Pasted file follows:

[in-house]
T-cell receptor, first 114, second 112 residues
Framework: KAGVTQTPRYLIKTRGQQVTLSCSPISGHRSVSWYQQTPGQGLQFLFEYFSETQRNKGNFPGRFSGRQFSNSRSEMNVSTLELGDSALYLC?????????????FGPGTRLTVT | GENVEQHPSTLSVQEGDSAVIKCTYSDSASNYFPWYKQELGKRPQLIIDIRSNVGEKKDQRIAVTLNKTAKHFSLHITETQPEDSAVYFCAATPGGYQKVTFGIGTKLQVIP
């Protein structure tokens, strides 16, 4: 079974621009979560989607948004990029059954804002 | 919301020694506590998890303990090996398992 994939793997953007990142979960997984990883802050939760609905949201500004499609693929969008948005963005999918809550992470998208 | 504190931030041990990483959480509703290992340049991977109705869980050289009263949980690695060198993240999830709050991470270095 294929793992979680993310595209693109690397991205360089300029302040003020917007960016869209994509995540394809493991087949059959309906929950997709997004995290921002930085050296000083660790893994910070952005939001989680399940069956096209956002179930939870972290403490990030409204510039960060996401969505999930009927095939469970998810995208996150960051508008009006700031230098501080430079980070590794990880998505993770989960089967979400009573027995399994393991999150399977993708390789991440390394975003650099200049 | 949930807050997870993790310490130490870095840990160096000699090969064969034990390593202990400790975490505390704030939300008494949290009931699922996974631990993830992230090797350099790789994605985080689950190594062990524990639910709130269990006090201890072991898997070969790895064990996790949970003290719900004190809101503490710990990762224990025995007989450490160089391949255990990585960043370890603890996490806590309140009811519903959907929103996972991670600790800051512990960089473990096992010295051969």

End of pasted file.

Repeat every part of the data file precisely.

[in-house]
T-cell receptor, first 114, second 112 residues
Framework: KAGVTQTPRYLIKTRGQQVTLSCSPISGHRSVSWYQQTPGQGLQFLFEYFSETQRNKGNFPGRFSGRQFSNSRSEMNVSTLELGDSALYLC?????????????FGPGTRLTVT | GENVEQHPSTLSVQEGDSAVIKCTYSDSASNYFPWYKQELGKRPQLIIDIRSNVGEKKDQRIAVTLNKTAKHFSLHITETQPEDSAVYFCAATPGGYQKVTFGIGTKLQVIP
């Protein structure tokens, strides 16, 4: 079974621009979560989607948004990029059954804002 | 919301020694506590998890303990090996398992 994939793997953007990142979960997984990883802050939760609905949201500004499609693929969008948005963005999918809550992470998208 | 504190931030041990990483959480509703290992340049991977109705869980050289009263949980690695060198993240999830709050991470270095 294929793992979680993310595209693109690397991205360089300029302040003020917007960016869209994509995540394809493991087949059959309906929950997709997004995290921002930085050296000083660790893994910070952005939001989680399940069956096209956002179930939870972290403490990030409204510039960060996401969505999930009927095939469970998810995208996150960051508008009006700031230098501080430079980070590794990880998505993770989960089967979400009573027995399994393991999150399977993708390789991440390394975003650099200049 | 949930807050997870993790310490130490870095840990160096000699090969064969034990390593202990400790975490505390704030939300008494949290009931699922996974631990993830992230090797350099790789994605985080689950190594062990524990639910709130269990006090201890072991898997070969790895064990996790949970003290719900004190809101503490710990990762224990025995007989450490160089391949255990990585960043370890603890996490806590309140009811519903959907929103996972991670600790800051512990960089473990096992010295051969």